Let’s not sugarcoat it, getting into classics is difficult, especially when discourse is so divisive. Some classics are not the most thrilling (cough, cough, Moby Dick) which doesn’t always leave the best impression. Here’s a timeline of the most worthwhile classics you won’t put down after the first page.

Frankenstein – Mary Shelley (1818)

This Gothic novel we all know and love is about Victor Frankenstein, a scientist who brings an experiment to life which causes major consequences for himself and his family. It’s a tried and tested formula about the dangers of what we create and perhaps a lesson in the uncanny.

The Picture of Dorian Gray – Oscar Wilde (1890)

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As Dorian Gray descends into a life of debauchery, his portrait reveals the ugly marks of his sins while he remains lively and youthful. This novel is a perfect blend of the Gothic and a captivating premise.

The Metamorphosis – Franz Kafka (1915)

The Metamorphosis is sure to not disappoint. Tackling themes of alienation, the celebrated Kafka explores the story of Gregor Samsa, who wakes up one morning transformed into a giant insect.

The Great Gatsby – F. Scott Fitzgerald (1925)

Played by none other than Leonardo di Caprio in the movie adaptation, this is a tragic love story set in the Jazz Age. It focuses on mysterious millionaire Jay Gatsby and his unrequited love for Daisy Buchanan.

Orlando – Virginia Woolf (1928)

Often overlooked, this work of feminist literature follows Orlando, a nobleman who lives for centuries and constantly changes gender from male to female throughout this time.

Their Eyes Were Watching God – Zora Neale Hurston (1937)

A novel of self-discovery navigating love, loss, and for identity in the early 20th-century South which still fares in contemporary literature today.

The Hobbit – J.R.R. Tolkien (1937)

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Another classic book-to-movie adaptation, this fantasy novel tells of the adventure of Bilbo Baggins, a hobbit on a quest to help a group of dwarves reclaim their homeland from a dragon.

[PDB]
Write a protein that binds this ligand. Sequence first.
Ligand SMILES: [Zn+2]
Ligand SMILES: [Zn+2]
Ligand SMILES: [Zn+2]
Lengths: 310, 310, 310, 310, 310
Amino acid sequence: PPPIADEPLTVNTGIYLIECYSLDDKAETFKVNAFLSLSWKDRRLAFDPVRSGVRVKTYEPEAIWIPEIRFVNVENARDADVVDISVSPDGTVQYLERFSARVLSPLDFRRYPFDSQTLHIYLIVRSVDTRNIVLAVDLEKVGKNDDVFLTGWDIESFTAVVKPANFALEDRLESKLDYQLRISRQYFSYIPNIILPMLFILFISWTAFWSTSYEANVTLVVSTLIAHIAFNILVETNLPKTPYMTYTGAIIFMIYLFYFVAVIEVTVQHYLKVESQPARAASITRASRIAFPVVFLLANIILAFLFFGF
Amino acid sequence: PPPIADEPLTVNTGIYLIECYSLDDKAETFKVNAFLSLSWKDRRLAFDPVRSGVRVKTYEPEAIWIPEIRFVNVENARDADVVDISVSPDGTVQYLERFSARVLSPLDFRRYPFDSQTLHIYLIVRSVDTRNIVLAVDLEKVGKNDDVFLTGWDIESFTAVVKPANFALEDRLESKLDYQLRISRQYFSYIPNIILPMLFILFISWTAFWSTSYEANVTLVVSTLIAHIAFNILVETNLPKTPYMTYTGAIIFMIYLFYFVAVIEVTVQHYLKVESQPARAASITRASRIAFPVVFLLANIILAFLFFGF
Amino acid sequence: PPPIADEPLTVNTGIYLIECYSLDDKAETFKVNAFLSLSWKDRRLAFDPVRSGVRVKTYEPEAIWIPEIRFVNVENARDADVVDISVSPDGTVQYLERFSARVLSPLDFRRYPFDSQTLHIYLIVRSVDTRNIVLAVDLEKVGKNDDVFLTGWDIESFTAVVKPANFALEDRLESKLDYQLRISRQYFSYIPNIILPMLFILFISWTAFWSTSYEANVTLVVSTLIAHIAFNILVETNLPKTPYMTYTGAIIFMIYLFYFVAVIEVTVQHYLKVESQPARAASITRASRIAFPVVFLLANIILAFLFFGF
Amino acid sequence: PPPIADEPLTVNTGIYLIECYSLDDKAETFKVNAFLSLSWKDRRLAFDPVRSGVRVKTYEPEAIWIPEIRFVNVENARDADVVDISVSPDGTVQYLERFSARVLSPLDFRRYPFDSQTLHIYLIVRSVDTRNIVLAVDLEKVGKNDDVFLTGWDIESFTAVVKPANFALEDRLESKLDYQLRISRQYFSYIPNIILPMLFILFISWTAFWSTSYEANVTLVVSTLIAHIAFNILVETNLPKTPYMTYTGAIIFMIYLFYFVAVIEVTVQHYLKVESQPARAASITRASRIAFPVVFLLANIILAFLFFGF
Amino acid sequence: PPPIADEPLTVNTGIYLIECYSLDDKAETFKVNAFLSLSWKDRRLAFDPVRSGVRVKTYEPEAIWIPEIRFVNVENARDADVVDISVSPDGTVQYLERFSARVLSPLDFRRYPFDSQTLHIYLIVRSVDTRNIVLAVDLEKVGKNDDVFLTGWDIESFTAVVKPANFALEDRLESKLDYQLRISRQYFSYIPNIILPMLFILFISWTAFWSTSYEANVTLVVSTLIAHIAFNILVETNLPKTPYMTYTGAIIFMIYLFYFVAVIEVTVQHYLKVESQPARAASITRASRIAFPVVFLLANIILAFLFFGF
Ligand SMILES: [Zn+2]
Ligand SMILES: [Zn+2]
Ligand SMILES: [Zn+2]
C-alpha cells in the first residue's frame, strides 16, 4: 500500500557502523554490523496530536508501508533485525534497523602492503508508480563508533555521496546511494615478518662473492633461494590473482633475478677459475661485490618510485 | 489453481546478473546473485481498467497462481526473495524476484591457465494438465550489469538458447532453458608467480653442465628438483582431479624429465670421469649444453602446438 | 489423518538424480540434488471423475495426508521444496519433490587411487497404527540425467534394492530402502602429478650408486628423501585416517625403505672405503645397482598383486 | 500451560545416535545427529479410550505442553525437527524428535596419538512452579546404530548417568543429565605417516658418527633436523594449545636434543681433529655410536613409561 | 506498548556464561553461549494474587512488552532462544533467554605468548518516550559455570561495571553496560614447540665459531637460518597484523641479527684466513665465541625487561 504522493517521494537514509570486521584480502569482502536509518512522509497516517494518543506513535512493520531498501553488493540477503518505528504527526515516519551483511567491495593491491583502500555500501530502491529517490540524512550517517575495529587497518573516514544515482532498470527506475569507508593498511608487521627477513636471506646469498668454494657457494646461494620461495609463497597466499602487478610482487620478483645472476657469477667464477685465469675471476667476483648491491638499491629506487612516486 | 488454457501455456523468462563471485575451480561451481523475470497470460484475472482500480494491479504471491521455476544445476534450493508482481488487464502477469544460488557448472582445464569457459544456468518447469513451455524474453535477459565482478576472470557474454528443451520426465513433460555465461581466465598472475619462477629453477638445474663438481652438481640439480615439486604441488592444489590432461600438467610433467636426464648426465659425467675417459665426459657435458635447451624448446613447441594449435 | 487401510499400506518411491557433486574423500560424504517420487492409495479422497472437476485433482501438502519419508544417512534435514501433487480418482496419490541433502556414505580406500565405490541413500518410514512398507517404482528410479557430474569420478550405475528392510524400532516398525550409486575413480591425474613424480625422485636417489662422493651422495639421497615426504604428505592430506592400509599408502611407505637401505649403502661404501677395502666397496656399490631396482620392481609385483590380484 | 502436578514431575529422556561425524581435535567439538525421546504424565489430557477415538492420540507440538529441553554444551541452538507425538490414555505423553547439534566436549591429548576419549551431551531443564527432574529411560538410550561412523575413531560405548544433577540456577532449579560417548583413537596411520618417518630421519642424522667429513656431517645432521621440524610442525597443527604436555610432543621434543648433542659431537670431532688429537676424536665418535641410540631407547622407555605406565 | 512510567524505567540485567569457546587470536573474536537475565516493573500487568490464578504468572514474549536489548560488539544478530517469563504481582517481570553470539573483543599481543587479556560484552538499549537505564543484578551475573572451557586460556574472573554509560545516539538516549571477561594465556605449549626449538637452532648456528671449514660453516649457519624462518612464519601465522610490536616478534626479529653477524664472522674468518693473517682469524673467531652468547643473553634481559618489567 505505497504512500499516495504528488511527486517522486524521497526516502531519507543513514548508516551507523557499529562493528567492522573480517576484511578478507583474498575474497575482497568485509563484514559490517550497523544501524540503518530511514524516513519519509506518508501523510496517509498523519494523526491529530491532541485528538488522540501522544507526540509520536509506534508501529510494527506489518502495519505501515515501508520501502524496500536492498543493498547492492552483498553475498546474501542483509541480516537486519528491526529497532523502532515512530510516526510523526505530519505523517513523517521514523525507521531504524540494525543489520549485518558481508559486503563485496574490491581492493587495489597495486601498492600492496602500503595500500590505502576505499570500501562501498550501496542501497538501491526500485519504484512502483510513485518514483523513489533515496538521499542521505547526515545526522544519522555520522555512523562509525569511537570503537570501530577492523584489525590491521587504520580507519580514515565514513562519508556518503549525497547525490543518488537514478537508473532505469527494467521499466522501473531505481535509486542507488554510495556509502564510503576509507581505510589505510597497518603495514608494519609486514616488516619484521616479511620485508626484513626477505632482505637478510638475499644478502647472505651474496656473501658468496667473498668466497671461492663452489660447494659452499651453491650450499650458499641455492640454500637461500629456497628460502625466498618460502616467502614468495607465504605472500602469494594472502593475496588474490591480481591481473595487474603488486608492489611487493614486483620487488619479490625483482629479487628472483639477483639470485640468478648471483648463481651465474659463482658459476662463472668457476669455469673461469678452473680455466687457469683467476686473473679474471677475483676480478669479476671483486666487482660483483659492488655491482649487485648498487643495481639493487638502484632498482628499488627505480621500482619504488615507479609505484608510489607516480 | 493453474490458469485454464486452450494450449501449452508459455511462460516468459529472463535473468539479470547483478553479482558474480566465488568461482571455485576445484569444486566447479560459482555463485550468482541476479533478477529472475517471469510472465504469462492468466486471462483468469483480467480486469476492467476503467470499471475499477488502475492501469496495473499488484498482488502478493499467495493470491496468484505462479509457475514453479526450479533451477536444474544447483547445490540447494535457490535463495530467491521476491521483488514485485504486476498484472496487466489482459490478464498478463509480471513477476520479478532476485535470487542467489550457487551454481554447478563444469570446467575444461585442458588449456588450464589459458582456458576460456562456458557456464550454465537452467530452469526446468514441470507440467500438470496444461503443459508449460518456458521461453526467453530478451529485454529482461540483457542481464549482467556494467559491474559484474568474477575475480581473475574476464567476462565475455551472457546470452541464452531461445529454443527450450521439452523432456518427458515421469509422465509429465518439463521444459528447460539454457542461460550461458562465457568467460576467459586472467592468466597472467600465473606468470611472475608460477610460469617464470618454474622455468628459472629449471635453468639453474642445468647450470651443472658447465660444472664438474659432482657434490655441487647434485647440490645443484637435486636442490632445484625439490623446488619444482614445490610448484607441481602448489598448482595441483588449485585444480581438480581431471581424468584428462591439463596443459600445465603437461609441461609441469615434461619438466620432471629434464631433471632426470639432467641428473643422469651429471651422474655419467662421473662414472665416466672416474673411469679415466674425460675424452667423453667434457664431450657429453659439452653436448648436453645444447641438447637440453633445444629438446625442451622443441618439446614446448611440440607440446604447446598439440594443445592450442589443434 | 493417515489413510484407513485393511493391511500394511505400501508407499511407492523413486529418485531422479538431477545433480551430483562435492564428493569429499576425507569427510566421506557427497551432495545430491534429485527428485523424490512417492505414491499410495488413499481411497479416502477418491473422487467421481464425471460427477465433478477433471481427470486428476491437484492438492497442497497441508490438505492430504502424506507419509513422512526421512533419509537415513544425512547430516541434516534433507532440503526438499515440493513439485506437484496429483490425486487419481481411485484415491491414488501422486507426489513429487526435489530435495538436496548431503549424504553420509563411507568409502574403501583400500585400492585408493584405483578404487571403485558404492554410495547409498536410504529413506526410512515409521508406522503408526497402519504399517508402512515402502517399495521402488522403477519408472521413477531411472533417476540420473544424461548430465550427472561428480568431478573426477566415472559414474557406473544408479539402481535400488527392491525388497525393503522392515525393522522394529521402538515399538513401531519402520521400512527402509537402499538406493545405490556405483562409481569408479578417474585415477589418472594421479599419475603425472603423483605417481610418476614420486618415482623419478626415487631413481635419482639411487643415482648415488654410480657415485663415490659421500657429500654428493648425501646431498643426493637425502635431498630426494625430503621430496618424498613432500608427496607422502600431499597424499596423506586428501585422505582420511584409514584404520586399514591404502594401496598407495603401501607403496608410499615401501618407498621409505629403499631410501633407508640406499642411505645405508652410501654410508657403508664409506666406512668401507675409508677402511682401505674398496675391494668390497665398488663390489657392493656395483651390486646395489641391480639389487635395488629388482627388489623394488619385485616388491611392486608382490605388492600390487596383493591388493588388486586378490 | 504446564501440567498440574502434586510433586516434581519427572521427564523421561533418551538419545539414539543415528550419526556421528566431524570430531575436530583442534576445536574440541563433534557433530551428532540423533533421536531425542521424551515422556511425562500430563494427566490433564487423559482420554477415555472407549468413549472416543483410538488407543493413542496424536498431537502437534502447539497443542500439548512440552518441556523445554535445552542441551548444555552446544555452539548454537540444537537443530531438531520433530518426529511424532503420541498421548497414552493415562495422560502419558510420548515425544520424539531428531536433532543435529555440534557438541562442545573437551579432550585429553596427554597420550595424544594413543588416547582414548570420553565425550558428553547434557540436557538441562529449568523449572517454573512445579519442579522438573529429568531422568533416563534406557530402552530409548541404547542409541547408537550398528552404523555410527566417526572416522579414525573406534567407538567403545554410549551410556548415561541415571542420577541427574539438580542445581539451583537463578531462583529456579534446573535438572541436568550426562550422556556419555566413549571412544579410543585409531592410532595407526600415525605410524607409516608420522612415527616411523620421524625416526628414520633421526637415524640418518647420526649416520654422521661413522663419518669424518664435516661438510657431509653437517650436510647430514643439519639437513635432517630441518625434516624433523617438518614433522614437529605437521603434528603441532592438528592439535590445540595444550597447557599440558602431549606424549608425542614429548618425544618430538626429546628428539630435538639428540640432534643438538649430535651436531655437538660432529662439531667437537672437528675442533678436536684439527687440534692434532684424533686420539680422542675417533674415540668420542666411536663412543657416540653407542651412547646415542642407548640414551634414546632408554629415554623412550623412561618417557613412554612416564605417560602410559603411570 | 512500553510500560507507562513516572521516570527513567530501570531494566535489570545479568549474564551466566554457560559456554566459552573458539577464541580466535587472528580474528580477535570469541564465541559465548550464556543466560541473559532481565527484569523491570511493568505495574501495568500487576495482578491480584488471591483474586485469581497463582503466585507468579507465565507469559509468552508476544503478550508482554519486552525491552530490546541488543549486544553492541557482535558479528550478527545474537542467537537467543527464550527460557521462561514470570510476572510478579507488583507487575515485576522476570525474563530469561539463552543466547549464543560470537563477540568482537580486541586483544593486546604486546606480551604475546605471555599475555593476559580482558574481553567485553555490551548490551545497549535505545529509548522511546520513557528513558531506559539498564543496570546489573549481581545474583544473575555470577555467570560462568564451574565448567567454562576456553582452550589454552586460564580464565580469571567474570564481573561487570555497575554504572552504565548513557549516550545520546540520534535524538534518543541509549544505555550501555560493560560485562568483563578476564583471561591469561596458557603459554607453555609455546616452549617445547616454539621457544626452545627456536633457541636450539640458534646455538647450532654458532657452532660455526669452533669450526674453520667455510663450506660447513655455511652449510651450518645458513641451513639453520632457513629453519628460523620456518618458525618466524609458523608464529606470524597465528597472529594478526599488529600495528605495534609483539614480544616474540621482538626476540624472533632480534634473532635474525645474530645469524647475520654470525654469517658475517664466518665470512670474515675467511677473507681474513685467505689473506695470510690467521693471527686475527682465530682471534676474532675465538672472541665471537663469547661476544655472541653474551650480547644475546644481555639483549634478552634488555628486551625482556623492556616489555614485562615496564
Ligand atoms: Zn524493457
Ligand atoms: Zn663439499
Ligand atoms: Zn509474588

Animal Farm – George Orwell (1945)

Orwell’s tale is intended to be read allegorically, following a group of farm animals who rebel against their human farmer and find a new enemy in tyrannical pigs.

1984 – George Orwell (1949)

Another Orwell narrative! This time, a dystopian novel depicting a totalitarian society under the surveillance of ‘Big Brother’. The book sparked discussion about oppression, censorship, and created a television show.

Fahrenheit 451 – Ray Bradbury (1953)

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A dystopian that gets you thinking about knowledge and ignorance. Set in a future where books are banned and burned when found – Guy Montag goes on a journey from a book burner to a lover of literature.

Lord of the Flies – William Golding (1954)

A typical stereotype: boys stranded on a deserted island fail to govern themselves and spiral into savage chaos.

To Kill a Mockingbird – Harper Lee (1960)

Set in the American South during the 1930s, focusing on Scout Finch and her father, Atticus, who defends a black man falsely accused of raping a white woman. The novel takes us on a coming-of-age adventure with Scout as she learns valuable life lessons.

The Bluest Eye – Toni Morrison (1970)

A touching novel about a young African American girl who wishes for blue eyes and blonde hair, exploring themes of race, beauty, and identity.

The Color Purple – Alice Walker (1982)

Told through letters, Celie, an African American woman in the early 20th century South, and her journey to self-empowerment.

The Handmaid’s Tale – Margaret Atwood (1985)

This novel imagines a world where women are stripped of their reproductive rights and used as vessels to have children. It follows Offred, a handmaid who is determined to survive her ordeal.

Now that you’ve been equipped to take on the most stimulating and palatable classics (according to me), you’re ready to explore the world of classical literature. There’s plenty to choose from and these examples should prove that you shouldn’t be intimidated by them!

Edited by: Anna Shipman


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